Surveying customers and listening to what they really want is paying off for many gardens, including the National Trust's Bodnant Garden in Wales. It had a double-digit percentage increase for the third year in a row, climbing 15.2 per cent (35,000 visitors) to 225,346. Bodnant has been following a long-term programme of opening up more areas - the latest being the 4.2ha Far End garden - drawing repeat visitors throughout the year.
General manager William Greenwood said much of the garden's success comes from responding to customer feedback. "They have said they want less to look at things than to become involved in the garden - in learning and seeing and doing and touching and asking."
During scarification, he explained: "We've been putting out little scarifying rakes and wheelbarrows and people have been giving us a hand and telling other people. It's not handled with kid gloves. It's their garden. They can get involved."
Children are also better catered for, with activities such as pond dipping or making their own bug houses. "Traditionally Bodnant Garden drew people who listen to Gardeners' Question Time, but now we've diversified into families."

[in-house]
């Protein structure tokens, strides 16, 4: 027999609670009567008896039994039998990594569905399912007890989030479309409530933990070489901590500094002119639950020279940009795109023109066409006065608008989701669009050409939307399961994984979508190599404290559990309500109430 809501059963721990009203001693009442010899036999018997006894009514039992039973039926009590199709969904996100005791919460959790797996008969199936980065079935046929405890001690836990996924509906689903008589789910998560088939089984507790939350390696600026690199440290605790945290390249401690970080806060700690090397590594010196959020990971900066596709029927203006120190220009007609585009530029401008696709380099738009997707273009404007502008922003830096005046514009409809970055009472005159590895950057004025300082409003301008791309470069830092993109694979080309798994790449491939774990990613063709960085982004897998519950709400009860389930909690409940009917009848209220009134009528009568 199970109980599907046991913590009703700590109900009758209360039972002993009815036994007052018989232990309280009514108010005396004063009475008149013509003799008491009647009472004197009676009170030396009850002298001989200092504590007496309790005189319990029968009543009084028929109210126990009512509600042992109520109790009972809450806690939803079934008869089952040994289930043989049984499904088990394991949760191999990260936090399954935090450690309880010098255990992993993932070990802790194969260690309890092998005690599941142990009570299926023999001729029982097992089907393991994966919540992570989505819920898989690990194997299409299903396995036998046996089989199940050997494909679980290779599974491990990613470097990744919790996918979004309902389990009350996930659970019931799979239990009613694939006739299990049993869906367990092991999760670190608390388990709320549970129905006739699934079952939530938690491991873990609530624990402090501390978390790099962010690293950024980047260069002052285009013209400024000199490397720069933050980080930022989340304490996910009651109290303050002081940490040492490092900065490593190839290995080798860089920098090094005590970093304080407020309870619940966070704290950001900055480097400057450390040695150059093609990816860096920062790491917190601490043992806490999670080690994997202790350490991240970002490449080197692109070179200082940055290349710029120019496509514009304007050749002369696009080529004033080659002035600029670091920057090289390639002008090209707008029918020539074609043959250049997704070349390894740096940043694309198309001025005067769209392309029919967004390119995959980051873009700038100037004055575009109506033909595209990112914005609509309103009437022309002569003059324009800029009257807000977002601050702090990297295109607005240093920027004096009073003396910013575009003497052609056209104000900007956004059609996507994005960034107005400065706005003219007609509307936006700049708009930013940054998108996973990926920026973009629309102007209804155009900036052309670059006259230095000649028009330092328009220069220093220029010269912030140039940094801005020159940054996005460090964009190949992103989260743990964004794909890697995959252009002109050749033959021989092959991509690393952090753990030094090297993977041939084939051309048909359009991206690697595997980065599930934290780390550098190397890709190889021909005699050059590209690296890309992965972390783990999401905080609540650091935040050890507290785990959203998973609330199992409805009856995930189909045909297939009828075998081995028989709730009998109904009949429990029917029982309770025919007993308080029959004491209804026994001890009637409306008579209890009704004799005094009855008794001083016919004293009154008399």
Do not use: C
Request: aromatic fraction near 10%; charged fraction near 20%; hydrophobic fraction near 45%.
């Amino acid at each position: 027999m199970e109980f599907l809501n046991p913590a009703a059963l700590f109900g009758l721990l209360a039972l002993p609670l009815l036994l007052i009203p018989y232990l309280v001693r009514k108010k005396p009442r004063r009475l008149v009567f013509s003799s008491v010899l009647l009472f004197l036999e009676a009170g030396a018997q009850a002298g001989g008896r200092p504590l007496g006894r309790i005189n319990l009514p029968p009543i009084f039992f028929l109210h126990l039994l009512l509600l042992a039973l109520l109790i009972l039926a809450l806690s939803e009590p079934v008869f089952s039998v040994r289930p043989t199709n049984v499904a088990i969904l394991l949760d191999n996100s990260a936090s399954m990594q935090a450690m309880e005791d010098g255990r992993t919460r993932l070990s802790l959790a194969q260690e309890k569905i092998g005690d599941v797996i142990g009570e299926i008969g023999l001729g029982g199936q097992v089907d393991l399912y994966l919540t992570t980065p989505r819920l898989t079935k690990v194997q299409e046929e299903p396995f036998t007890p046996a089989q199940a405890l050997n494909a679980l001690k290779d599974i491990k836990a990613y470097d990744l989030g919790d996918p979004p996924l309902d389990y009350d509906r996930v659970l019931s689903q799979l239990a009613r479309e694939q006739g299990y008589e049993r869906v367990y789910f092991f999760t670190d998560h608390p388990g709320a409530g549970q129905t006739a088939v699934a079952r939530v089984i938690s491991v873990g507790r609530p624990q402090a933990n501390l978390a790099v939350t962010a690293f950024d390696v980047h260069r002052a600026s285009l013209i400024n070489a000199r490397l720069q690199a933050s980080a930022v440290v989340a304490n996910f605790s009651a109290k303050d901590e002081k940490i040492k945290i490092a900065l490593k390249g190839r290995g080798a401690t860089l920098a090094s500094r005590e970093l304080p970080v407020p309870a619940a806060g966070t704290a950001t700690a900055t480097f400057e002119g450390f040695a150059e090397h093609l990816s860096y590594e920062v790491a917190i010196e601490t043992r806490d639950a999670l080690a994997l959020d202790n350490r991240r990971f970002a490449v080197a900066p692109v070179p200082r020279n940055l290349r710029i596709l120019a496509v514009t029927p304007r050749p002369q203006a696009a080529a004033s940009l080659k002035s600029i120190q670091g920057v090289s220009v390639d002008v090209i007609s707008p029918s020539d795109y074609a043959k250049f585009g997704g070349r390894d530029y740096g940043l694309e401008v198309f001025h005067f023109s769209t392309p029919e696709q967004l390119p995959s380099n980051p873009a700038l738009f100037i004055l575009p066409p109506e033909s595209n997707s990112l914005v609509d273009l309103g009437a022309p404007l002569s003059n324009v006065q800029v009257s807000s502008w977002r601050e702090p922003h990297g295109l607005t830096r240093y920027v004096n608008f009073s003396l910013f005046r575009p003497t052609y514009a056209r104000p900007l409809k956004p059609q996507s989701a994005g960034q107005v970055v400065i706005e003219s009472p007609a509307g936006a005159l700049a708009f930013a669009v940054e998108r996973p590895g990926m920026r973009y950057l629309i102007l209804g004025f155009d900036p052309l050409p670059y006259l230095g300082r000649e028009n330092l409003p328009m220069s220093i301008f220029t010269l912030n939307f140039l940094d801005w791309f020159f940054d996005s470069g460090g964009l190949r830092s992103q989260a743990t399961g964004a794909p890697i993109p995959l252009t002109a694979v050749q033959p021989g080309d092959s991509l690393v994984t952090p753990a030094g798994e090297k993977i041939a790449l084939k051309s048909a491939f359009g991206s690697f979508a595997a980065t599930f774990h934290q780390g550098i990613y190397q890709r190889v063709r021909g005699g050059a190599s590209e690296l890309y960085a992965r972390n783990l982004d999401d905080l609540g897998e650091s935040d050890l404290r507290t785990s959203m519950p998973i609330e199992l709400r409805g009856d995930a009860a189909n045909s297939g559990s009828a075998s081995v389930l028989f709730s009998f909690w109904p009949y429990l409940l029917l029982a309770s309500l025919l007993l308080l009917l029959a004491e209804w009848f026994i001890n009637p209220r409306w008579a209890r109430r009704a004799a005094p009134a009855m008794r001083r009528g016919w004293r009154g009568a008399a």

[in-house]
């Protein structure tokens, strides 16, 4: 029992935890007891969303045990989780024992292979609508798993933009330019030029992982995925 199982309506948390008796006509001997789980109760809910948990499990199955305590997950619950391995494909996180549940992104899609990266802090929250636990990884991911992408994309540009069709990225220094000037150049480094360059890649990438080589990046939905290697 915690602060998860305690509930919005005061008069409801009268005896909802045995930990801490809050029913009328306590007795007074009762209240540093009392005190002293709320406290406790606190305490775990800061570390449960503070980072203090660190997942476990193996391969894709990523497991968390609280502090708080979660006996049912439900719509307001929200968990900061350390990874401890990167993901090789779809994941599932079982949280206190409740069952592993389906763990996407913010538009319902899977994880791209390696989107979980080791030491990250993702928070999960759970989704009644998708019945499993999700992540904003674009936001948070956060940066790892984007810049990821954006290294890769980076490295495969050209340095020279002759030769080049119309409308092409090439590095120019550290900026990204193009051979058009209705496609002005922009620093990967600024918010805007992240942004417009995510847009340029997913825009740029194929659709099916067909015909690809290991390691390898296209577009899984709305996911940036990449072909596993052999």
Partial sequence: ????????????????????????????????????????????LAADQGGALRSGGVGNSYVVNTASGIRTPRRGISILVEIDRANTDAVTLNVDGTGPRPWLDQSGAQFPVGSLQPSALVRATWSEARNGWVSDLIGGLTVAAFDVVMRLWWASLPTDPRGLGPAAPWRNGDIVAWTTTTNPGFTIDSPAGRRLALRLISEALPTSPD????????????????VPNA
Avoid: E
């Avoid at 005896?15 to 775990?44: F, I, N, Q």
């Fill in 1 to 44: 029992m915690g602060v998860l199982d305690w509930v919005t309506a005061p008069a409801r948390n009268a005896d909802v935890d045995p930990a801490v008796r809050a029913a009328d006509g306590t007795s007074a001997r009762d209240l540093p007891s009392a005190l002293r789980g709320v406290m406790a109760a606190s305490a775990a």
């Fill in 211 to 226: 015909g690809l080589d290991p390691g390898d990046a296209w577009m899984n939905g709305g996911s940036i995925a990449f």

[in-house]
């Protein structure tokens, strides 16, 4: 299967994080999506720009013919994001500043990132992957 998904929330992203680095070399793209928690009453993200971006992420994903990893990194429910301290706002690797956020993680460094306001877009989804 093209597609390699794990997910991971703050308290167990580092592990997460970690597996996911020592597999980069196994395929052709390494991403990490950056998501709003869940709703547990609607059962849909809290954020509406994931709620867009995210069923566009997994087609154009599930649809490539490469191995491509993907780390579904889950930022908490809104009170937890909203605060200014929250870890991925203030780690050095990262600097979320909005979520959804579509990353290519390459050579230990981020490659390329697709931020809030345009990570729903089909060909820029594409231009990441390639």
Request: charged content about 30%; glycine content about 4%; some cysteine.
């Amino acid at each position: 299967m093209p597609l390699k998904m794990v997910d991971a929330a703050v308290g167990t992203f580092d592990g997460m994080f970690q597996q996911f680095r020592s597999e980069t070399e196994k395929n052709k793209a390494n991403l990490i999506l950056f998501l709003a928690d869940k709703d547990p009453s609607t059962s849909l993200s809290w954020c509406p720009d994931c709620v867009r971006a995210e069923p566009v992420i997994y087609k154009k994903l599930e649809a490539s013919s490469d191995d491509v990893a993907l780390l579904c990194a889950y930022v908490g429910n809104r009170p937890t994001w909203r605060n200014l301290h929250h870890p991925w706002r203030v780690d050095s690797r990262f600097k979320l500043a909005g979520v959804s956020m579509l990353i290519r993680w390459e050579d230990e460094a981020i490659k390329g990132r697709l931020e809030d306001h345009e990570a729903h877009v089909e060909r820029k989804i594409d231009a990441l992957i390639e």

All four RHS gardens had record years. At RHS Garden Hyde Hall, visitor numbers were up 12.1 per cent to 242,520, with 10 of the 12 months setting records. Head of site Ian le Gros credited ongoing RHS investment in the garden. "Our major uplift in our numbers is generated by RHS members revisiting the garden throughout the year. Probably 20,000 of our 26,000 increase was returning members.
"It's driven by a very local market. People within an hour's drive are coming back multiple times and using it as an extension of their own domestic garden and bringing their friends." The gardens are actively targeting "garden evangelists" and "socialites". Around 20 per cent of the events programme is changed each year to keep things fresh.
At RHS Garden Rosemoor, visitors were up 9.5 per cent to 179,358. Head of garden Sally Charleton said more new members are signing up each year, while the restaurant has become a "destination in its own right". Extensive events with a focus on children also draw crowds.
Weather often made the difference. Royal Botanic Garden (RBG) Edinburgh had "huge gains" in April, May and June thanks to great weather, said director of enterprise Heather Jackson. Visits went from 806,000 in 2014 to 889,420, an unexpected 10 per cent jump on top of 19 per cent in 2014.
RBG Edinburgh benefited from a surprise drawcard. Its Amorphophallus titanum, or corpse plant, flowered at the end of June - the first known flowering in Scotland. Paying glasshouse visitors jumped from 7,000 in June 2014 to 19,000.